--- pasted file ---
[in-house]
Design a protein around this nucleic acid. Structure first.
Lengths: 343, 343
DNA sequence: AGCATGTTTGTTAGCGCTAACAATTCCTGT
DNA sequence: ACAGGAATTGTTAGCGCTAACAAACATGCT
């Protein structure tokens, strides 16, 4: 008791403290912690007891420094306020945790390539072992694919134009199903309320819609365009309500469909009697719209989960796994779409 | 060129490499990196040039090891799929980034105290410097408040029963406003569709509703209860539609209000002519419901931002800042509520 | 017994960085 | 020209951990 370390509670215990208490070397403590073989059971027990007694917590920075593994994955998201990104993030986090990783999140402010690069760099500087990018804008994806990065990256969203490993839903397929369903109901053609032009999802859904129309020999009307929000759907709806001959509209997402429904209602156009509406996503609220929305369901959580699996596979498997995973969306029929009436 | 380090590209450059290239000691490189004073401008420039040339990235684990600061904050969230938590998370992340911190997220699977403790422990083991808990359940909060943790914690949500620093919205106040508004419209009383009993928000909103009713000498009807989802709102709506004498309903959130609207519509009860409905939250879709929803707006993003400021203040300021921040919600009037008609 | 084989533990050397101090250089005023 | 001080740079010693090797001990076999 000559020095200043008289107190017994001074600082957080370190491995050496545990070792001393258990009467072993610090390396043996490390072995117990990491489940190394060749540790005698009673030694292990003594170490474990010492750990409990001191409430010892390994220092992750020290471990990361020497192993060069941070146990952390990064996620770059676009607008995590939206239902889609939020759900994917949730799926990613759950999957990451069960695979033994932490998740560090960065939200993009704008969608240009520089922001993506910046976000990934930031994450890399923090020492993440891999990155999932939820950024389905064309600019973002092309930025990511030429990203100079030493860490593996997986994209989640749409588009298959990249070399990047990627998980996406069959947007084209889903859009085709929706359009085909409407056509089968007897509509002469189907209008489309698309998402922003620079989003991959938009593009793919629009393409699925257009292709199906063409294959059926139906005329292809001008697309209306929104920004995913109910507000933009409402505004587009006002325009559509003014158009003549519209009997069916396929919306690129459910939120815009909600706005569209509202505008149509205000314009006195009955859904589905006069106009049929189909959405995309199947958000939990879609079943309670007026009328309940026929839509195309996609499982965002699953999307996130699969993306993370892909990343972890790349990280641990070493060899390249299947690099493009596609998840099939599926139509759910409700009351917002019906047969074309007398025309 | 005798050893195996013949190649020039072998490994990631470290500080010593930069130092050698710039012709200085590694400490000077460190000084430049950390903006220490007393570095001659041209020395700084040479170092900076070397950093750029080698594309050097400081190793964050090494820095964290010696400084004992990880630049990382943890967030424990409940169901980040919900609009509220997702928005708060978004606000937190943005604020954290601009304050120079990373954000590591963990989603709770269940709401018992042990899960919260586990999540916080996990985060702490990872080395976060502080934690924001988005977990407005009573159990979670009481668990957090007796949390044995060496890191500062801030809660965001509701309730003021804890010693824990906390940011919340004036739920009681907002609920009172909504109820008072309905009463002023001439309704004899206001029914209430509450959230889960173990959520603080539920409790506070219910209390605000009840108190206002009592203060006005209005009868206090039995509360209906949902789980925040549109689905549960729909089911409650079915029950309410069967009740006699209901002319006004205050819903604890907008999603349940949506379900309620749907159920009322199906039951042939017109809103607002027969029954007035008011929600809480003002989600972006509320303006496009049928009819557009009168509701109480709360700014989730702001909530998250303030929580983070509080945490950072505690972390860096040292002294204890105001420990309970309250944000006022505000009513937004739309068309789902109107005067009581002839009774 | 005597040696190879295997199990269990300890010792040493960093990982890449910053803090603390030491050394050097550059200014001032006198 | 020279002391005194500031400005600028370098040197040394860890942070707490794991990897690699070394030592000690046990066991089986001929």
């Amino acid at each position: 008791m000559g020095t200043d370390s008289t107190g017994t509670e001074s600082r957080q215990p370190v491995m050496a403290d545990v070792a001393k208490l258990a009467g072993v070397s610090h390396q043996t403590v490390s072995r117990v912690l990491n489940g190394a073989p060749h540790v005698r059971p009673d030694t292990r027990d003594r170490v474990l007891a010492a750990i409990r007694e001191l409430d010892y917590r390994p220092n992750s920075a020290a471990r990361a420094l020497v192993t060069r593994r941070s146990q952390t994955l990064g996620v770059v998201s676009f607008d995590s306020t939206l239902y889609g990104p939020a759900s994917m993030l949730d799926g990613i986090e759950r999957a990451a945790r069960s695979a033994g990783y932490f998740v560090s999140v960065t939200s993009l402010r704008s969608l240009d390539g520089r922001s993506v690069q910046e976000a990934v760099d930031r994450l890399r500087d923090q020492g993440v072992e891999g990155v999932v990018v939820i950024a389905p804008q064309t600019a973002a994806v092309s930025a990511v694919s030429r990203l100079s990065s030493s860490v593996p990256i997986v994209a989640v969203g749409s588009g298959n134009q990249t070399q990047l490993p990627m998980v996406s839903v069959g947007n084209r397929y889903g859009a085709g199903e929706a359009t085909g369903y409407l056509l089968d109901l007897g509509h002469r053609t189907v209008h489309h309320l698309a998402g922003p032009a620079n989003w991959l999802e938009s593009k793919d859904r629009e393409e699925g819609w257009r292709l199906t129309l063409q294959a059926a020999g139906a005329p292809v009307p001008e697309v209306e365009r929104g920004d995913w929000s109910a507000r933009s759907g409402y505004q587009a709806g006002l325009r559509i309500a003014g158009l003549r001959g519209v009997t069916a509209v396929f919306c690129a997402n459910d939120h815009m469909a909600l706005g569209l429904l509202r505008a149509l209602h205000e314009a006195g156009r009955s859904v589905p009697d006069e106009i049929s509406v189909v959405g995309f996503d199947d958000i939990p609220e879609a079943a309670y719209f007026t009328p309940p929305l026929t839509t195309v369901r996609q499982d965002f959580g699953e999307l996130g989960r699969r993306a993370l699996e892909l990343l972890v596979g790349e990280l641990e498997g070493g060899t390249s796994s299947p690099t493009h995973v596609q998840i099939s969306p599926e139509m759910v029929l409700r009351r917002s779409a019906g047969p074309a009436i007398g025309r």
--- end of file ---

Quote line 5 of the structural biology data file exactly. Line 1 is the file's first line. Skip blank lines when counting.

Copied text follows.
DNA sequence: ACAGGAATTGTTAGCGCTAACAAACATGCT